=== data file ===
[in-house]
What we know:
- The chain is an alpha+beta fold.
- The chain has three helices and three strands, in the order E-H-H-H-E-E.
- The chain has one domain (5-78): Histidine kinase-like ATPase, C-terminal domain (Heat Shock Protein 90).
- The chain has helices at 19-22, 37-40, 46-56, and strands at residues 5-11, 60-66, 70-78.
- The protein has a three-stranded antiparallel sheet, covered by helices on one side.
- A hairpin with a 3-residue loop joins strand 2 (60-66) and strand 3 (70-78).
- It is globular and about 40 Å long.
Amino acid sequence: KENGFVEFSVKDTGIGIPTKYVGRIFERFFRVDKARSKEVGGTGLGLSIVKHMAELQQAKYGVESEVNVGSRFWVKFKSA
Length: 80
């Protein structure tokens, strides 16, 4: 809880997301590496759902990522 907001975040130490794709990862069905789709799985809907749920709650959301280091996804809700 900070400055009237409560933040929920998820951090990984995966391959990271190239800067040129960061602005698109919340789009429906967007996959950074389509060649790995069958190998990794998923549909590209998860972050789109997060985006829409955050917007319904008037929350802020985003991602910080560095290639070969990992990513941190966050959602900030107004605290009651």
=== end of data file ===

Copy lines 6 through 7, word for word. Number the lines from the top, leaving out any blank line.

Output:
- The chain has helices at 19-22, 37-40, 46-56, and strands at residues 5-11, 60-66, 70-78.
- The protein has a three-stranded antiparallel sheet, covered by helices on one side.